Rents High and the Living Isn’t Easy

Ideas and Issues

February 2, 2021

            New Orleans     You might think that something called “hire a helper” would be a sketchy source for vital information about the national housing market and affordability, but when they pull the data directly from the Census Bureau’s American Community Survey, that’s pretty much gold standard. I can’t help but share their work, because the numbers, “just the facts, ma’am,” make it clear that in a lot of cities, the rents are high and the living isn’t easy, especially in the South.

It’s been widely reported that 20 million households spend more than 30% of their income on rent. Conservatively speaking, that’s at least 1 in 5 people in the US. The state where rent takes the biggest bite out of total income is Louisiana at 35.6% and the least is North Dakota at 24.7%, although I would be surprised if people were packing up their bags to head to the badlands.         Louisiana isn’t alone over 30% and is joined by Rhode Island, Florida, and California. The Midwest and Mountain states are the only regions where rent and utilities is commonly more affordable.

They offer a sad “factoid,” which is almost a commentary on our times and the work undone for centuries, nothing that…

Various “majority-minority” cities—those in which minority groups comprise at least 50% of the population—dominate the list of unaffordable cities for renters. In majority-minority cities included in this analysis, an average of 34% of renter income goes toward housing costs. Extreme cases include Miami Gardens, FL (97% minority population) and Springfield, MA (68% minority population), whose renters typically spend more than half of their income on housing.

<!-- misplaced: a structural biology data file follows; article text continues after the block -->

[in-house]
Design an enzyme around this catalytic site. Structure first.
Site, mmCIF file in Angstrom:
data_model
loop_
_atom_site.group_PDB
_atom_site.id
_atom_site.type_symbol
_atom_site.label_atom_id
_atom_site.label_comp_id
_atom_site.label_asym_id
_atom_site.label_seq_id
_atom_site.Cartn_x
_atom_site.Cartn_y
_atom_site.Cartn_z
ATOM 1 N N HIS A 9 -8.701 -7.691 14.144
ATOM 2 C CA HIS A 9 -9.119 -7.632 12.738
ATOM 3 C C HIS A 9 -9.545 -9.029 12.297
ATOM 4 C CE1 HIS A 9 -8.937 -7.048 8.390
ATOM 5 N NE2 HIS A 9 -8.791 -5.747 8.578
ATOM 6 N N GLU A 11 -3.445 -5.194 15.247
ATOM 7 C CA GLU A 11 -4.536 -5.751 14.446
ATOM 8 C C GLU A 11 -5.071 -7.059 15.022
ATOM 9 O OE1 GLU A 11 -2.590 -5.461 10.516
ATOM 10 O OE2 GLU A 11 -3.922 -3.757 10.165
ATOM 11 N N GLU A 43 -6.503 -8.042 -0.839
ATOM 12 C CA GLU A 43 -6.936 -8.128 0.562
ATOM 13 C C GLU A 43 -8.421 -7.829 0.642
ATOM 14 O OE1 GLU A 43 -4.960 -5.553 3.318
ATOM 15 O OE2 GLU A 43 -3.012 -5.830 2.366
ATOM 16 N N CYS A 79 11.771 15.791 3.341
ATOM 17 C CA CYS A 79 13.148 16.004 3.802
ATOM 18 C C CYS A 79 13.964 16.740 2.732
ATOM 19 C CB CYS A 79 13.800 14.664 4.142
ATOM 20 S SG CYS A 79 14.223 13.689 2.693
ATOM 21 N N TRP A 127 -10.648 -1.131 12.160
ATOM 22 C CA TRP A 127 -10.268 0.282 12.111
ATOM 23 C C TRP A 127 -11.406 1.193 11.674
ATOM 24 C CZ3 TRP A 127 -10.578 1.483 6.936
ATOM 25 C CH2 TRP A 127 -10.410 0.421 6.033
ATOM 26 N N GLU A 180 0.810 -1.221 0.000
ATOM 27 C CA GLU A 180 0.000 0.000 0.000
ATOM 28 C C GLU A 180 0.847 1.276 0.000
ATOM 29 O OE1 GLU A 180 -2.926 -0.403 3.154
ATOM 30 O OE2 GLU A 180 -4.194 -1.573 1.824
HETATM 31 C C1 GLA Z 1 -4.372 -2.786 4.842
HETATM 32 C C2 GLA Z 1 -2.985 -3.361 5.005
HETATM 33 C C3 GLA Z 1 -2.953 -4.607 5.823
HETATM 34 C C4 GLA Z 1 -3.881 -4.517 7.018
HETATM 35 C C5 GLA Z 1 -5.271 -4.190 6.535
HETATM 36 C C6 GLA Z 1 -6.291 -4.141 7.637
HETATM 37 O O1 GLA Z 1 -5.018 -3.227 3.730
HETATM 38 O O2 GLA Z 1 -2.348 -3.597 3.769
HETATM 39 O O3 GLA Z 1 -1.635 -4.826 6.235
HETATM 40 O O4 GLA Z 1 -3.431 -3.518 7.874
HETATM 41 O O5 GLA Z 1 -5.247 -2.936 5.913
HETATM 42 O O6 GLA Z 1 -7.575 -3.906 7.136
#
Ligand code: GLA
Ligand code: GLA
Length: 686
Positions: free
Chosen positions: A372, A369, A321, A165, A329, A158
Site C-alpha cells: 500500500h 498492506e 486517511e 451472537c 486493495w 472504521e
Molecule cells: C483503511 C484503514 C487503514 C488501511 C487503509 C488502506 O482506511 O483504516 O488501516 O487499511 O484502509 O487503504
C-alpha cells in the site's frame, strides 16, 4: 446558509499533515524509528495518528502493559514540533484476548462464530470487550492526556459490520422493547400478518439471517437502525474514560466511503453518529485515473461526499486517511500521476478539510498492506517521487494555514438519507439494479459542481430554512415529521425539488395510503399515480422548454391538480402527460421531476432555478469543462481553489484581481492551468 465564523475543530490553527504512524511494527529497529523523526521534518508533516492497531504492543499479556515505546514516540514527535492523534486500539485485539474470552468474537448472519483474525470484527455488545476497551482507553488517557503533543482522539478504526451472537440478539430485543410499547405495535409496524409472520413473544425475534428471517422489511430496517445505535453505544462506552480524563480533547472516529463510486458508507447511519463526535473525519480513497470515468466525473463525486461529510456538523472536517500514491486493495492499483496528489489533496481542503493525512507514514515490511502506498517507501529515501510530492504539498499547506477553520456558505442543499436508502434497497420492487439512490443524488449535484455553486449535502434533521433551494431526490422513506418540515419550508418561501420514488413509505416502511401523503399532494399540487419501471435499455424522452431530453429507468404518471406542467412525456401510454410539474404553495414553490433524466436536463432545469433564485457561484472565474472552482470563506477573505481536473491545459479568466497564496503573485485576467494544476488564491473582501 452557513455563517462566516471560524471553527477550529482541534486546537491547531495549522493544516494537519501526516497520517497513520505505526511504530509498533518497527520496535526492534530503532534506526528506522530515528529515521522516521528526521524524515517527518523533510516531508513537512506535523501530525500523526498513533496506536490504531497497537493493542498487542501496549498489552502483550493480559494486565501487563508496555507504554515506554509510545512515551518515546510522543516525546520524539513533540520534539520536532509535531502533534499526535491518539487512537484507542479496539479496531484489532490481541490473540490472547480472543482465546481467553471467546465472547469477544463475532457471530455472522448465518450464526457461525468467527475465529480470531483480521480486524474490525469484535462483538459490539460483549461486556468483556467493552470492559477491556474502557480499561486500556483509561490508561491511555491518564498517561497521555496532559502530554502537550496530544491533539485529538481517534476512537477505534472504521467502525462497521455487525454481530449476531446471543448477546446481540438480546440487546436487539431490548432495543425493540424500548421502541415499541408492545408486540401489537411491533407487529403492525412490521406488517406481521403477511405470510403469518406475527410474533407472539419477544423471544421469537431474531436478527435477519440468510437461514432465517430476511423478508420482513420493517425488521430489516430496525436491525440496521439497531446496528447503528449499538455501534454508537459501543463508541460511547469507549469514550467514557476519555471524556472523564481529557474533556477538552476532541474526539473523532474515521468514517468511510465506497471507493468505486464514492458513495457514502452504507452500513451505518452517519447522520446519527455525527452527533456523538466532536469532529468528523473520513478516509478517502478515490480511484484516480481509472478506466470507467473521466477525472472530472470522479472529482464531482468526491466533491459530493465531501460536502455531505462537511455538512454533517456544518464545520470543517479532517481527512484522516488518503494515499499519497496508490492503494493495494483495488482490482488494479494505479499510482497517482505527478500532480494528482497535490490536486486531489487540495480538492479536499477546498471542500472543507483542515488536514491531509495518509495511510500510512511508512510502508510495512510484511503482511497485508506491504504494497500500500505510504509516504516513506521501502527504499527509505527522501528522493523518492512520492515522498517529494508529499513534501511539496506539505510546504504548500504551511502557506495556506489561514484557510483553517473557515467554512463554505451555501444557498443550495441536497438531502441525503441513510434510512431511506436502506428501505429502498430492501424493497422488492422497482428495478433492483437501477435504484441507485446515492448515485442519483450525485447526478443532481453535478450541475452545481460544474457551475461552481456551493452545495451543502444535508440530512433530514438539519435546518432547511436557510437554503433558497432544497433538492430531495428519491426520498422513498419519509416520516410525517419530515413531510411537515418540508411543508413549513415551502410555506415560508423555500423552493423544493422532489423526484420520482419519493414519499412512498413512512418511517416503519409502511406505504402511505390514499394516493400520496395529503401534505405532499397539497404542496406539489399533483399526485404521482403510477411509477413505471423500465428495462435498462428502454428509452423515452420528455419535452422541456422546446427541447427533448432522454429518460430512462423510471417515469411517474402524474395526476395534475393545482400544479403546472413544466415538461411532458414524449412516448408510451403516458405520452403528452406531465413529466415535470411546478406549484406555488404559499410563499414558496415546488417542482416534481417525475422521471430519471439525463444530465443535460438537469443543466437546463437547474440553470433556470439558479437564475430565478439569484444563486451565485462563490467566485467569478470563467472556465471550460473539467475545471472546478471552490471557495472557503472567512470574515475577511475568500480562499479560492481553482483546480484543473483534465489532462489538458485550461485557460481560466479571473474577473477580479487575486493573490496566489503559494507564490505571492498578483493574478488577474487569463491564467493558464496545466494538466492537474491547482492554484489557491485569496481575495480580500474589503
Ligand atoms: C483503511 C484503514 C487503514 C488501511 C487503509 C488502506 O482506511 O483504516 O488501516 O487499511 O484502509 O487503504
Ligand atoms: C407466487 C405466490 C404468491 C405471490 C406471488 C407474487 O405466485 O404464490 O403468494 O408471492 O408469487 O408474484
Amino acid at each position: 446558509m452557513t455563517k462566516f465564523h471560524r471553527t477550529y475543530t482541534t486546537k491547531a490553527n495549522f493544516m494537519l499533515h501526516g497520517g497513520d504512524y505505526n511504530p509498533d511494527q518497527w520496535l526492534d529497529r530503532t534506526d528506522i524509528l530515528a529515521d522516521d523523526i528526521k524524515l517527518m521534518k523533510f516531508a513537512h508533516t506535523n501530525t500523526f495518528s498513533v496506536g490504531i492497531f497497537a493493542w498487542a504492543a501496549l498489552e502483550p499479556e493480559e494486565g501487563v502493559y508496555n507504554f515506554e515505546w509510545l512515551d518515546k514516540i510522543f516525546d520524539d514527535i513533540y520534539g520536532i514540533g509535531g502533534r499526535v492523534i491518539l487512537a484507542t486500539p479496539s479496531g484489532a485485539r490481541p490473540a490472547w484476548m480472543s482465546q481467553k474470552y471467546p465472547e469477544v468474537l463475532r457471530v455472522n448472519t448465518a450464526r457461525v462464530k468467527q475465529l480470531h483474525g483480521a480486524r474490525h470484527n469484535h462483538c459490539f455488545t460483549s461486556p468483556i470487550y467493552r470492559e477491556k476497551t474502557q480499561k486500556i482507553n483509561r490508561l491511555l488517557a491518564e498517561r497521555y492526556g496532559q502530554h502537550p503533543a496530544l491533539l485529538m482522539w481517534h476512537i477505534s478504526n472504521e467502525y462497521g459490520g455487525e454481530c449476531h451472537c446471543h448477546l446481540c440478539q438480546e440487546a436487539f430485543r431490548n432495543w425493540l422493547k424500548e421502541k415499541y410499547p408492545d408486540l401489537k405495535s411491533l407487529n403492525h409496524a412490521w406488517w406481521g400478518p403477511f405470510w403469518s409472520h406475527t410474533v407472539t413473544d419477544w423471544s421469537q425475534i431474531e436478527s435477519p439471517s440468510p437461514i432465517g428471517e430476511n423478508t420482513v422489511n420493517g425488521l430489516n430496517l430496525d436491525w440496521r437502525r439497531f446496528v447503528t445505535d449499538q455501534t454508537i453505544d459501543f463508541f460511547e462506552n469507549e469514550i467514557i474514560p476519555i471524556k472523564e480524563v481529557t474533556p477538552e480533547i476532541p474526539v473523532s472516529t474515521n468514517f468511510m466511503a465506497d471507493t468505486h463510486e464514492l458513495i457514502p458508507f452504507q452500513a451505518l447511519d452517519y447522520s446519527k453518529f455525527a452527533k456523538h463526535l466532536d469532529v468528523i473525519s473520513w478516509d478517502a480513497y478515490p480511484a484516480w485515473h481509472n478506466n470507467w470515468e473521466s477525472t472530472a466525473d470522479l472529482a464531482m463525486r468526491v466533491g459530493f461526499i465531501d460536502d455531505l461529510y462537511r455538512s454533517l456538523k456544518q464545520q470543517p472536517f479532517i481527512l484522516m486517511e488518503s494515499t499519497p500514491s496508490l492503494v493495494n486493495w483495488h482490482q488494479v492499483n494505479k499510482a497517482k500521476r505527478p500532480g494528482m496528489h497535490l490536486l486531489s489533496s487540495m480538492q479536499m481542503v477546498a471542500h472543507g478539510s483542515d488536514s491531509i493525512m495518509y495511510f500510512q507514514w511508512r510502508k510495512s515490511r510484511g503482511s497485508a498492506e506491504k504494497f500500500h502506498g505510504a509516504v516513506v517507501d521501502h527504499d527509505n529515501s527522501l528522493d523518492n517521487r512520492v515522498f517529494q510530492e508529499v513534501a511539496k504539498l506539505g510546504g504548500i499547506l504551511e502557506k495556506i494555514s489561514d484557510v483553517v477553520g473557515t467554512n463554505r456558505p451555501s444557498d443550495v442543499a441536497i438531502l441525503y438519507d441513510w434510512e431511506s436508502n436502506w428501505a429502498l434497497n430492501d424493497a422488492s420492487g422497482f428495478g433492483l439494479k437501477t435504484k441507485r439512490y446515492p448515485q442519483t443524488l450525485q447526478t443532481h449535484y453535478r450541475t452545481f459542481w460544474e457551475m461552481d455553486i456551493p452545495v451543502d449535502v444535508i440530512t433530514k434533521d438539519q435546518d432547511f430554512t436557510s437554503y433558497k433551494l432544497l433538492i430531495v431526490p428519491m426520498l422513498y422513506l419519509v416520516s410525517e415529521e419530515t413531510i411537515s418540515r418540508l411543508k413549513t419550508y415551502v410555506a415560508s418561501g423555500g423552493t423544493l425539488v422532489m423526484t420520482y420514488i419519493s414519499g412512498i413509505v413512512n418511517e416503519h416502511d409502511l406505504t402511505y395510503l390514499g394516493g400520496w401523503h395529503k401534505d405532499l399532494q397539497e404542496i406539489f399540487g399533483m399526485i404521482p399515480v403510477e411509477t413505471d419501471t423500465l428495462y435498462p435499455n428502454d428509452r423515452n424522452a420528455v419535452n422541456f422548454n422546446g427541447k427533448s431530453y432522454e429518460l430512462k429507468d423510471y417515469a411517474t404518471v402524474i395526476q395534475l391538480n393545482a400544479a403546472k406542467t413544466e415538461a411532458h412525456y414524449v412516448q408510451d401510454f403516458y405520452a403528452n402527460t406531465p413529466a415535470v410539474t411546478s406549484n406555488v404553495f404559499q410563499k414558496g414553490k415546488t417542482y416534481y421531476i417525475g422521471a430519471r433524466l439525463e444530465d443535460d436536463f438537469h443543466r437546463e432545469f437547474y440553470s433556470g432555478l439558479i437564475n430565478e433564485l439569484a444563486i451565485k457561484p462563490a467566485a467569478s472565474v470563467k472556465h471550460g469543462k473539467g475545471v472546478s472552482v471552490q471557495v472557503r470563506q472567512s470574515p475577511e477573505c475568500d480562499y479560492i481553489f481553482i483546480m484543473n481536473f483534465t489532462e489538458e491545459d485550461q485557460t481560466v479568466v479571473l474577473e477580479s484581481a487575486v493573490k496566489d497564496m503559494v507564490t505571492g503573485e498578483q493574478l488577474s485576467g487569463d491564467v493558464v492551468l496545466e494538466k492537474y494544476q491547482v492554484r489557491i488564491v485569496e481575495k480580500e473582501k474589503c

Springfield isn’t often in the news. I began my journey as a full-time organizer there, and was sorry to see them highlighted.

That paled when I saw the rankings for large cities, where New Orleans leads that list. It was hard to ignore the bullet points:

  • Median share of income spent on rent & utilities:1%
  • Median monthly gross rent: $1,010
  • Median monthly household income for renters: $2,292
  • Median annual household income for renters: $27,505
  • Minority population:4%

We weren’t alone over 40%, Miami was right below us, but that was small comfort. The next eight, all with majority-minority populations were Baltimore, Fresno, Detroit, Boston, Los Angeles, Memphis, Philadelphia, and Anaheim, California in Orange County. If you are packing your bags, the cities where the ratio from rent to income is the lowest begin at the top with San Francisco, then Virginia Beach, Columbus, Omaha, Wichita, Seattle, Oklahoma City, Austin, Minneapolis, and Kansas City, Missouri. You’re scratching your heads at San Fran and Seattle on that list, but that’s largely because pay is as wildly high as rent. Capitalism, what a system!

Talk to me about how economic development in large majority-minority cities can work, when people can hardly afford housing, much less the rest of the package on minimal wages?